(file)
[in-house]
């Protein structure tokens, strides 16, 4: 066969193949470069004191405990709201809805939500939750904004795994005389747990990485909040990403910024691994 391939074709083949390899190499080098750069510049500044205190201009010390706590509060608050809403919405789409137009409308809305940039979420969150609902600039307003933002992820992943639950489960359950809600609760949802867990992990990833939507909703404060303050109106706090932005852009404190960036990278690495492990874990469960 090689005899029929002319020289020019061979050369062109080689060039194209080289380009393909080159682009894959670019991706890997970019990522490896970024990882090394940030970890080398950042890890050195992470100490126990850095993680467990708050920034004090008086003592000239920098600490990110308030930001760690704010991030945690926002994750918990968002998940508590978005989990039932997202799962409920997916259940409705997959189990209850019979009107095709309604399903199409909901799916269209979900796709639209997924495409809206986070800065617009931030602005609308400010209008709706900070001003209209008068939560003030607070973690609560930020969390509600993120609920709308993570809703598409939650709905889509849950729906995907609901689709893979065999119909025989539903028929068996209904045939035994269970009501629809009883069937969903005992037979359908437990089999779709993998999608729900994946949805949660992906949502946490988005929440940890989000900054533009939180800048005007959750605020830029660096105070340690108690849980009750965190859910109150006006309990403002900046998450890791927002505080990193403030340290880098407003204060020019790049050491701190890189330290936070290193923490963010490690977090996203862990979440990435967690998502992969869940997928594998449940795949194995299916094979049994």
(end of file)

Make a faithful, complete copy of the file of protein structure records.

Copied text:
[in-house]
């Protein structure tokens, strides 16, 4: 066969193949470069004191405990709201809805939500939750904004795994005389747990990485909040990403910024691994 391939074709083949390899190499080098750069510049500044205190201009010390706590509060608050809403919405789409137009409308809305940039979420969150609902600039307003933002992820992943639950489960359950809600609760949802867990992990990833939507909703404060303050109106706090932005852009404190960036990278690495492990874990469960 090689005899029929002319020289020019061979050369062109080689060039194209080289380009393909080159682009894959670019991706890997970019990522490896970024990882090394940030970890080398950042890890050195992470100490126990850095993680467990708050920034004090008086003592000239920098600490990110308030930001760690704010991030945690926002994750918990968002998940508590978005989990039932997202799962409920997916259940409705997959189990209850019979009107095709309604399903199409909901799916269209979900796709639209997924495409809206986070800065617009931030602005609308400010209008709706900070001003209209008068939560003030607070973690609560930020969390509600993120609920709308993570809703598409939650709905889509849950729906995907609901689709893979065999119909025989539903028929068996209904045939035994269970009501629809009883069937969903005992037979359908437990089999779709993998999608729900994946949805949660992906949502946490988005929440940890989000900054533009939180800048005007959750605020830029660096105070340690108690849980009750965190859910109150006006309990403002900046998450890791927002505080990193403030340290880098407003204060020019790049050491701190890189330290936070290193923490963010490690977090996203862990979440990435967690998502992969869940997928594998449940795949194995299916094979049994």